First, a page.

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Discovering concealed assets during property division

For New Jersey parents going through a divorce, child custody and child support are often the biggest concern. Parents want to ensure the well-being of their children even after the marriage has ended. The next biggest divorce issue or concern is likely property division. Married couples first must determine which assets are each individual spouse's property and which are marital property. Then there must be an agreement on how to divide the martial property in the most equitable way given each family's circumstances.

Unfortunately, when it comes time to inventory the assets of a married couple, parties may not always be completely honest and may try to hide assets to their advantage. But there are ways for the other spouse to protect him or herself against this type of behavior and discover hidden assets.

Tax returns can be extremely helpful. A spouse can find out information about contributions to retirement plans or unknown real estate property. If a spouse owns a business, a tax return may provide insight into the true profits of the business or the amount of cash flow if business interests were sold. Tax returns also list investment income or compensation from things like partnerships or other business entities.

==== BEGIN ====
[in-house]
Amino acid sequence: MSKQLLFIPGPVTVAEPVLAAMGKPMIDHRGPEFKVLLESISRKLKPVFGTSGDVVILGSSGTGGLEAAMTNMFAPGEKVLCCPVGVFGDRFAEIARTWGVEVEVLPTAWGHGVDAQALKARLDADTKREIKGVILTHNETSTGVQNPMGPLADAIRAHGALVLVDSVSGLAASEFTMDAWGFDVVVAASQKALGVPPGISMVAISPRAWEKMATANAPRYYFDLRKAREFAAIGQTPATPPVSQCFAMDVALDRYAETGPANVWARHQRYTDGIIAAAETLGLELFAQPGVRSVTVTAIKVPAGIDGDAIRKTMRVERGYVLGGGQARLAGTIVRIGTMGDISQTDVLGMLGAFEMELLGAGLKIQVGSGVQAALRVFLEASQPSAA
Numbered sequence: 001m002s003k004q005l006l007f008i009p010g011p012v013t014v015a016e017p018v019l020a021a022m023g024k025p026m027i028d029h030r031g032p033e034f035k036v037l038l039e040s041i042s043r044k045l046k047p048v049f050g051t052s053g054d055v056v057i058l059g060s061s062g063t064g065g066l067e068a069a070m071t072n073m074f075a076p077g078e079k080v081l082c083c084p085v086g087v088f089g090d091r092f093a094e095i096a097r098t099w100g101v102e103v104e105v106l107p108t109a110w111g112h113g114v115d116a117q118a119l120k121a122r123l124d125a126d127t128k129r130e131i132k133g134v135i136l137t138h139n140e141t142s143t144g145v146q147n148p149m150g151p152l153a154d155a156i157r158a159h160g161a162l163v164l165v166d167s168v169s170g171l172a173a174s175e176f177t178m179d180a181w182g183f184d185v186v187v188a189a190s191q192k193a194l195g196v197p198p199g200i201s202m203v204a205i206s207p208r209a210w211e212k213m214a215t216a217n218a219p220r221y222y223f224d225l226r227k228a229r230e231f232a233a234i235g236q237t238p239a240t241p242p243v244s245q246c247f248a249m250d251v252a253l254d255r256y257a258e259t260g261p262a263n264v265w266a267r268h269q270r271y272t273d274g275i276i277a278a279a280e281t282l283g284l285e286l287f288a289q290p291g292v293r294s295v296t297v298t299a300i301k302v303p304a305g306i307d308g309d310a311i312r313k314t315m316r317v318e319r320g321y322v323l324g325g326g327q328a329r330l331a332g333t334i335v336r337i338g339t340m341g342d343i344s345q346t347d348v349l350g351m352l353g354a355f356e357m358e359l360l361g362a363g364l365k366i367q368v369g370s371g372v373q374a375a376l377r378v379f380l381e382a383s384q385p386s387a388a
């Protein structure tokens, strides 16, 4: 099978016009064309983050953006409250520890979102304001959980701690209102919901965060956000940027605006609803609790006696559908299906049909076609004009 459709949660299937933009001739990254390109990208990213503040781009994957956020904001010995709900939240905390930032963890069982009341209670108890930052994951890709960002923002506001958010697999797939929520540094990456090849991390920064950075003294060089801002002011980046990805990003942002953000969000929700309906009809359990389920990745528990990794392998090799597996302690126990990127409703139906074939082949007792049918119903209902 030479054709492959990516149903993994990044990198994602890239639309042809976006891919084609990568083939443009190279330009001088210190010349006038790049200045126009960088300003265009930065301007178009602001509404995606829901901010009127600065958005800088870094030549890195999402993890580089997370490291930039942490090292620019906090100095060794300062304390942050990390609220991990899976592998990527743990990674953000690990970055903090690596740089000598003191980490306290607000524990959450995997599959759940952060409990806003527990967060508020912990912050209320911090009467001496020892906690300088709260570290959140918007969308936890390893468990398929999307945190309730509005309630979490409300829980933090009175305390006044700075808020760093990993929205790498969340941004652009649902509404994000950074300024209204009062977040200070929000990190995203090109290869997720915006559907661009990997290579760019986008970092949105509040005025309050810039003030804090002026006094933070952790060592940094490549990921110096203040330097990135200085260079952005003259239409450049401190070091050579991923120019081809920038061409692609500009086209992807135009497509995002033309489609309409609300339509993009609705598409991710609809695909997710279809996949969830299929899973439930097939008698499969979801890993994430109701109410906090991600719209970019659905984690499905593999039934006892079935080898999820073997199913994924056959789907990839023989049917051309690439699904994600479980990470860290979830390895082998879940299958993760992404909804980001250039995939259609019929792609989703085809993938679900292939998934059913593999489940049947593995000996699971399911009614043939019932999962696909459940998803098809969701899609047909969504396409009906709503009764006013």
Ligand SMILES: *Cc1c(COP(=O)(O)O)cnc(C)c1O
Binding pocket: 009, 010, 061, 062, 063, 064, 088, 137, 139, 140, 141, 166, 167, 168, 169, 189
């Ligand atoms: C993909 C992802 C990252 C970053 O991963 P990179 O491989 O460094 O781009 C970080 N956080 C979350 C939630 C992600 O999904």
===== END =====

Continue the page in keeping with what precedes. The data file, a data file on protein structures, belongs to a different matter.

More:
Checking and savings account statements are likely tedious to peruse but to do so may reveal important clues to big purchases or investments. Major cash transfers can be a red flag if one spouse is trying to deplete the account so as to avoid having to split the funds equally. It is a good idea to also know how many accounts are actually opened during the marriage. If the other party does not want to be forthcoming with this information, a court can issue a subpoena.

Financial statements and loan applications often require very detailed data about a person's assets. These documents list all details as well as assets and this can be extremely helpful to a spouse who is trying to get a real picture of the other person's financial situations.

Finally, assets or property purchased before the marriage are usually considered separate property. But some parties will not be honest about the actual purchase date. If a spouse questions the time of the purchase, seek supporting evidence to confirm the date of purchase.

Source: NJBIZ, "Discovering hidden assets in divorce," April 21, 2014

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